Nicholas P. Trist to Lafayette
|Dear Sir,||Washington, Novr 5. 1830.|
If, in the long years that have passed since we received your parting embrace, you have not had any earnest of my promise on that occasion, it is to be ascribed rather to the conviction that you already had more than a fair load of correspondence with our half of your double country, than to any other cause.—As long as Mr Jefferson was able to hold a pen, he was your rightful correspondent from Monticello. During his final illness, you could not but be frequently recalled to my mind: but I was much occupied as his nurse; and this, together with the uncertainty in regard to the issue, induced me to procrastinate during the two or three weeks that the suspense lasted. The announcement of the event, I then left to Jefferson Randolph as the head of the family, who expressed his intention of communicating it to you;—reserving to myself the privilege of writing some time after, & giving you details which I knew would be deeply interesting. But this, many circumstances contrariantes, together with the consideration above referred to, caused me to postpone from time to time till it was too late. I will only say now, qu’il est mort en philosophe. I was with him constantly, for throughout his confinement; and his latter moments were such as might have been expected from his delightful character, and sterling philosophy:—such, that you may be sure, que, s’il y en a, “the joys of Heaven” are added to, to him, by what he is now looking down upon.
Although silent until now, I cannot, however, suffer this unspeakably glorious epoch to pass by, without making you hear my voice among the many that are pouring forth the joy in which our hearts are drowned:—joy at the glorious promise to the Great Cause; joy at the glorious fruits borne to you, its best tried & most favored champion. In the sacred name of Liberty, we hail these noble developements of the spirit of the Age; and the name of Lafayette with which they are indissolubly connected, heightens the exultation with which our bosoms are swelled.
I have, moreover, a promise to fulfil, in relation to which I fear that your young friend de Syon will have thought strangely of me. While with you at Monticello, he expressed an earnest desire to obtain a piece of Mr Jefferson’s manuscript; and before embarking at New York, wrote to remind me of the promise I had made on the subject. Although I bore it constantly in mind, Mr J’s health & occupations from that moment to his death, were such that I postponed asking him to write till it was too late.—I did not however forget de Syon. Some time after, on making a search among some old law papers which had lain untouched for many years, I found the enclosed slip. I thought it would do to send to S.—With that view, I asked Mr Randolph for it, and brought it to Washington. In the removal, however, it got mislaid among my papers; and this has prevented its being sent long ago. On the present occasion, determining not to write without at the same time relieving my conscience in regard to this promise, I have made a new search, & now have the pleasure to send it. If I learn, which I do not doubt, that, in the late crisis, he has borne himself in a manner worthy of the spirit of the inscription, it will give him double pleasure, and me double gratification to have been the means of affording it.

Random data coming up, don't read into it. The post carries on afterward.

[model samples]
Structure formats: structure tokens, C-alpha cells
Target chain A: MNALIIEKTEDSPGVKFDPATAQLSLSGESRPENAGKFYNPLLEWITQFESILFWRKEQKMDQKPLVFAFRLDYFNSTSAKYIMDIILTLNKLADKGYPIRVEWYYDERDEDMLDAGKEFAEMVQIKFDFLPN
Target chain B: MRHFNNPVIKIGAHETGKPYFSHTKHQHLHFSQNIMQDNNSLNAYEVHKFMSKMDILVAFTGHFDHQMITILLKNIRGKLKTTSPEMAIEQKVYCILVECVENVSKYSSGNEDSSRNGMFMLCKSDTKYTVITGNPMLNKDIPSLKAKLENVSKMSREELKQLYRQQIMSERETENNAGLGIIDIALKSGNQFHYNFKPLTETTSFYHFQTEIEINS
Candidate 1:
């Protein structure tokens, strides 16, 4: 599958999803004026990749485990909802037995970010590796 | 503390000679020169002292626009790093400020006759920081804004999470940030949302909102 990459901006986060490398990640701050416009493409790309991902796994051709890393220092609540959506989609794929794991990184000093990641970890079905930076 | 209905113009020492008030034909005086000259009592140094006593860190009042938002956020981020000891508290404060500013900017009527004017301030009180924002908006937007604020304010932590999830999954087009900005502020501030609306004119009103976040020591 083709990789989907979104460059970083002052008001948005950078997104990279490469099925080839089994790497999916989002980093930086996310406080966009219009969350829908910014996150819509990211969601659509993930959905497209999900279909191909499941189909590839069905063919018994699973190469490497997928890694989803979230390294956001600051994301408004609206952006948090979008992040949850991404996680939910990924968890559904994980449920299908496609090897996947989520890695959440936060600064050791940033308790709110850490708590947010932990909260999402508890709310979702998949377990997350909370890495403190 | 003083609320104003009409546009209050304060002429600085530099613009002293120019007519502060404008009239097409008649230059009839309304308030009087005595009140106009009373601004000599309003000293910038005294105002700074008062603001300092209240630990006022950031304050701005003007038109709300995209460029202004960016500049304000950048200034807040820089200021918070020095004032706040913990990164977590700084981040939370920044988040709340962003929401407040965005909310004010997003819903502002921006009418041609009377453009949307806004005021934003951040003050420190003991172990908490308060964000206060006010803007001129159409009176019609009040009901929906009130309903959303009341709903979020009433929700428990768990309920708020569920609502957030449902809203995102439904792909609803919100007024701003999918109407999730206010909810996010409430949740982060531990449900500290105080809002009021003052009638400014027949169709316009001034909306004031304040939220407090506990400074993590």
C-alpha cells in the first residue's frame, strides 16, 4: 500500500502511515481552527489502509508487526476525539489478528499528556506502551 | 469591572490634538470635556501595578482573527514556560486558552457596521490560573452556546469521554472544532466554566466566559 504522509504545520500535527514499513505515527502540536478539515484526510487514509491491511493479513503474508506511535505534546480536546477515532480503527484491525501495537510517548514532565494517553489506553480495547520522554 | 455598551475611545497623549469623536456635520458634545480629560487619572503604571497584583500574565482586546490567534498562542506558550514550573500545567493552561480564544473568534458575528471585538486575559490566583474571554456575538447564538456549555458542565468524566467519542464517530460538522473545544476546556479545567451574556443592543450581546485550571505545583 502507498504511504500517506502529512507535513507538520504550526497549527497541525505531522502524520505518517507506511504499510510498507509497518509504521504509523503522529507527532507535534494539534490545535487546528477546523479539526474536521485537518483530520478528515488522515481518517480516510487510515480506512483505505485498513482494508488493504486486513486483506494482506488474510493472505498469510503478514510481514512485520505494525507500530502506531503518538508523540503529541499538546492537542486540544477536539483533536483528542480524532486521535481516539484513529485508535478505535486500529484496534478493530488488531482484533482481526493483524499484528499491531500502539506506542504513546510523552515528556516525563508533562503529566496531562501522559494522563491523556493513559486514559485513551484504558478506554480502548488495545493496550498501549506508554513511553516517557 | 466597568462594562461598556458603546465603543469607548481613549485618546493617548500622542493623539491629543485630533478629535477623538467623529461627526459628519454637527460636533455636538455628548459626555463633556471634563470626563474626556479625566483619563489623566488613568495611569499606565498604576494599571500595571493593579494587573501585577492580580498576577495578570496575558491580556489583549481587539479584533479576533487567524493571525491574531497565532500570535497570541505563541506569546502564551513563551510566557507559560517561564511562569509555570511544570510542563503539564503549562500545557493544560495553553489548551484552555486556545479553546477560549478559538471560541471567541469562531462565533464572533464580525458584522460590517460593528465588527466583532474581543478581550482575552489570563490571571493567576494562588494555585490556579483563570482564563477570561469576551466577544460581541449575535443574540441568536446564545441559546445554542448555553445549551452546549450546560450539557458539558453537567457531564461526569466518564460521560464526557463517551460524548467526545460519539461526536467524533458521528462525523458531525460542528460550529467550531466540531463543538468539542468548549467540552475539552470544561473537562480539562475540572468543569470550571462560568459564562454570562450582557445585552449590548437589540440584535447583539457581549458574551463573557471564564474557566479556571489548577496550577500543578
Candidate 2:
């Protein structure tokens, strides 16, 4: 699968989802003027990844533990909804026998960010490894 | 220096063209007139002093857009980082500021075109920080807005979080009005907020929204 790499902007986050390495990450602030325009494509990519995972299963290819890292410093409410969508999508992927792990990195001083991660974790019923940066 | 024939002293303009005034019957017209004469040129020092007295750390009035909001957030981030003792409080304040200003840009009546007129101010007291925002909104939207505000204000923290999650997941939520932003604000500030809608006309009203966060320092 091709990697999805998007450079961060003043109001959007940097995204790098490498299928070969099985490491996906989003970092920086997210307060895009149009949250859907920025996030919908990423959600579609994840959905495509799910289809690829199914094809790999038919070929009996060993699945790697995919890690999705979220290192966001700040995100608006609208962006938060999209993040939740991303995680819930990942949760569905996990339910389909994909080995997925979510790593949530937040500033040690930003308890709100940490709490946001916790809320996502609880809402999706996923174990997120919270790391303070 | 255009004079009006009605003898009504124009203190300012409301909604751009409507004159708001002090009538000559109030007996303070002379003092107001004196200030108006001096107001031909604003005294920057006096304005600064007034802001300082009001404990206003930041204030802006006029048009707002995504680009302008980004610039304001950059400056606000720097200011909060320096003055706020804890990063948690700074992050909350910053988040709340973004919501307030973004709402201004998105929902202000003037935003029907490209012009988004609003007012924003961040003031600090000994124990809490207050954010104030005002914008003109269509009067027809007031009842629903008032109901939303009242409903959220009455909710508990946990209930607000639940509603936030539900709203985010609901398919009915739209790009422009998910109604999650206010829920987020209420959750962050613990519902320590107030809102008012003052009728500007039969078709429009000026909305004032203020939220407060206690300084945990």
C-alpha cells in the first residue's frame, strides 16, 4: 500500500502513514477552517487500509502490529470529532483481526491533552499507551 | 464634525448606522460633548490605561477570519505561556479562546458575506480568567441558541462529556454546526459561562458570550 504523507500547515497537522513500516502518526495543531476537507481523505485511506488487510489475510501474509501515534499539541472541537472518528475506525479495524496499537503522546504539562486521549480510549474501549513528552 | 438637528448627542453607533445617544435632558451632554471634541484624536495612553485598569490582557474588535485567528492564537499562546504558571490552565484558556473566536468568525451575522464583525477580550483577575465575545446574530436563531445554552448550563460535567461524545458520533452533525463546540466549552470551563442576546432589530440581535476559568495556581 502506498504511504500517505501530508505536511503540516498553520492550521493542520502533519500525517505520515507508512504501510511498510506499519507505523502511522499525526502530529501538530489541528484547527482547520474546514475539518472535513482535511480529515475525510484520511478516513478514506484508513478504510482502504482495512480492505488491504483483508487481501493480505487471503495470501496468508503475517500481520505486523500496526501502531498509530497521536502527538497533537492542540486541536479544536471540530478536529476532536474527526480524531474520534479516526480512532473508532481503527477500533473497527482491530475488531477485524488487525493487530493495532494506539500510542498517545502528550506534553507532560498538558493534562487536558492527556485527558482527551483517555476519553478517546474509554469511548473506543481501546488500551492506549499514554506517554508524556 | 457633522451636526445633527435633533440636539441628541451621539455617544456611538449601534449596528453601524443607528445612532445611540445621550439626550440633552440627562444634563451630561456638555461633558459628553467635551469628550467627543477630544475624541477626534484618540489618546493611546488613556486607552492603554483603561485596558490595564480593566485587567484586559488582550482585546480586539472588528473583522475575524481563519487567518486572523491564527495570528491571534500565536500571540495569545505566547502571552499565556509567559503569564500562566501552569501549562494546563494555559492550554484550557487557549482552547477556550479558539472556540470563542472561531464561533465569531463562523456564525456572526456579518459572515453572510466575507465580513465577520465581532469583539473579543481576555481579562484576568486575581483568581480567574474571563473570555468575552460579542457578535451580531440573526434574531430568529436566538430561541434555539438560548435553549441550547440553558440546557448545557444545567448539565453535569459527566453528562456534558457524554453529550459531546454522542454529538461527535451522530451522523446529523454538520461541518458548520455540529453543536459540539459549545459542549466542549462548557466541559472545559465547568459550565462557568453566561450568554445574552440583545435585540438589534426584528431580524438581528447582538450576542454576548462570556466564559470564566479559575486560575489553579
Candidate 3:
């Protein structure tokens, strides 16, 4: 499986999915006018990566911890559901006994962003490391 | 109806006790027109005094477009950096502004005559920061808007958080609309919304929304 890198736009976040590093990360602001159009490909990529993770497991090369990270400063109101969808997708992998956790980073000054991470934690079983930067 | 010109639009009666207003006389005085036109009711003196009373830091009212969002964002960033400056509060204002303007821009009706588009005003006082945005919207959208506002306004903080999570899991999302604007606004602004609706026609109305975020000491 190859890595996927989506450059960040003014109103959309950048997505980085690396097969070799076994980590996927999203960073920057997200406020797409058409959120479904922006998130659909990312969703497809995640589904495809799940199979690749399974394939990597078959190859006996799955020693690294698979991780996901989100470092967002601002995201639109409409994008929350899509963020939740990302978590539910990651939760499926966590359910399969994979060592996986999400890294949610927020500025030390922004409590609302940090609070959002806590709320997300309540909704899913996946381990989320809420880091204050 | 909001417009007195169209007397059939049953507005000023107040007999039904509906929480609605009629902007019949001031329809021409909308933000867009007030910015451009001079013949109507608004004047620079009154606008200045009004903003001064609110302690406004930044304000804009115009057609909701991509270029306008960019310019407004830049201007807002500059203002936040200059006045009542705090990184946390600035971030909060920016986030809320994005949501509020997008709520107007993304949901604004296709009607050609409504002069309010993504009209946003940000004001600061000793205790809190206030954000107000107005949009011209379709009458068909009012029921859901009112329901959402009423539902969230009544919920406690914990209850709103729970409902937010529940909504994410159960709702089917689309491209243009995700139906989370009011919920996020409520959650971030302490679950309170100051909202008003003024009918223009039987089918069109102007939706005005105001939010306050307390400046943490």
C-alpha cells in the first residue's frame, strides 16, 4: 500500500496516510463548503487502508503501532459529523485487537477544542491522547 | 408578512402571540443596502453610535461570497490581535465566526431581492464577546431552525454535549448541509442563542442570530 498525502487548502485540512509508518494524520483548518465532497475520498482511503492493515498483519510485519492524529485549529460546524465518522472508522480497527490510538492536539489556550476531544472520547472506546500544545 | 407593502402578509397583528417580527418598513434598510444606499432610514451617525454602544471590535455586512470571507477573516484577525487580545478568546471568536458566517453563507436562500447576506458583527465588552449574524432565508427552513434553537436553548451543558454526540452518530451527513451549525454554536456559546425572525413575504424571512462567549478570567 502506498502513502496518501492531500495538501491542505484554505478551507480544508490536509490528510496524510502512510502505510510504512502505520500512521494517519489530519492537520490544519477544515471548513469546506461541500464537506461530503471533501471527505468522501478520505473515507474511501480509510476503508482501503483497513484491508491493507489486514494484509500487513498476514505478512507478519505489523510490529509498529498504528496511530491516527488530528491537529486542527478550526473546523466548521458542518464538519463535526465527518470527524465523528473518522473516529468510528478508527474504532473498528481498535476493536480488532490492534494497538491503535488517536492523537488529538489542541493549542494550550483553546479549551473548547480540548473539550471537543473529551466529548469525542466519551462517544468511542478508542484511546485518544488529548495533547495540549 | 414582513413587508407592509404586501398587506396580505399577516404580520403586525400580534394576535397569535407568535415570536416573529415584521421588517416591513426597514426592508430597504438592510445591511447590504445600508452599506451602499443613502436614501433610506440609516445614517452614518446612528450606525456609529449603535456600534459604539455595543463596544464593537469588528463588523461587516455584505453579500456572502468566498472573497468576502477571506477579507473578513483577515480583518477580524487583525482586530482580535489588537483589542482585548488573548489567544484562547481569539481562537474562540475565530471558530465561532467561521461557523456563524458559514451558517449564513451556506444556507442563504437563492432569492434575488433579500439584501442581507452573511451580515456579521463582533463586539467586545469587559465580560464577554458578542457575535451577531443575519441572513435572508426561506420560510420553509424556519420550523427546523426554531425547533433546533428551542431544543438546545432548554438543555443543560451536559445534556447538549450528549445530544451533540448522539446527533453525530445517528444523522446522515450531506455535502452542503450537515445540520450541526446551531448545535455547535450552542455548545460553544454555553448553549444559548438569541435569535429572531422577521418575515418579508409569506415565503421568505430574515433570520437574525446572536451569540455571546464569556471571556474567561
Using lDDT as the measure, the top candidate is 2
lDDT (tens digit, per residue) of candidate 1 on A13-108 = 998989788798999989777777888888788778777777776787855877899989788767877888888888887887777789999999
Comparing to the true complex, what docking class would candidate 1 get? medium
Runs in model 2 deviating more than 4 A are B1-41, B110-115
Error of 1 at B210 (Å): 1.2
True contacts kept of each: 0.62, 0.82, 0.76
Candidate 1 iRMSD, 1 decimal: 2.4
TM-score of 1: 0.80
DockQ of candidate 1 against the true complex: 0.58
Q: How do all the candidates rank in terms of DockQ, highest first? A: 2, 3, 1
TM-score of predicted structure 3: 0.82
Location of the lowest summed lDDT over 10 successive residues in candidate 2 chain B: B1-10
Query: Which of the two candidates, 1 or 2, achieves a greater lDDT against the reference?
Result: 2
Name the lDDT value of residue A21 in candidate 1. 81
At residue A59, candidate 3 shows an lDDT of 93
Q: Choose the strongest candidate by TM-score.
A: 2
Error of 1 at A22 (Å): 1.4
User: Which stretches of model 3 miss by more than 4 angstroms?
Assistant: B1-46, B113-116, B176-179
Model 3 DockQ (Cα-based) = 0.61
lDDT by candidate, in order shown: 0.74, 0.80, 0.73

It remains to say a few words of the family. You will have heard that Mrs Randolph’s resources are limited to the $20.000 voted by So Carolina & Louisiana; and that, with her three unmarried daughters she is living here: my family forming part of hers. Her income, together with my salary (1.400$) as a clerk in the Department of State, nous donne de quoi vivre; but of course, does not allow us to see company [. . .] chez nous. Things however, are on a very good footing here in that respect. People can go out as much as they please, without being expected to entertain, unless their means allow of it.—The estate was several thousands worse than nothing; & Jefferson R. responsible for the deficit. This, however, the manuscripts will enable him to meet, and also leave him something wherewith to make his own affairs square, to provide for his numerous family, and to give a helping hand to his brothers in the way of education &c.—Mrs R. is yet in Boston, where she went to pass the summer, & to assister aux couches at of Mrs Coolidge who presented her with two very fine twin grandsons. Five in five years! It is well that it is in this country, where we yet have room for them.
I have looked anxiously in the papers for news respecting Levasseur. From his not being mentioned in either in them or in your letters which are occasionally published, I take for granted the hope expressed in your first [. . .] has been realized; and that he is again well & able to enjoy what he assisted in acquiring.—Present us I beg you, to him, to your son & to those other friends whom we as yet know only through you, in the most cordial manner; and accept, dear sir, for yourself every thing that is affectionate
You, no doubt, hear directly from Mr Madison. He had a very severe indisposition in the Summer; and Mrs M. a serious one since. My latest news is through Mrs Cutts, who represents them both as recovered.—
I will send you for Levasseur some Nos of the Intelligencer with some articles in which I attempted to do what I thought Walsh’s tone about the French news, (that is to say, his first tone; for he has a many variety) required to be done by some one.—Should any circumstances exist to render the delivery of the enclosed inexpedient, you must of course be the judge; and act as you may think best.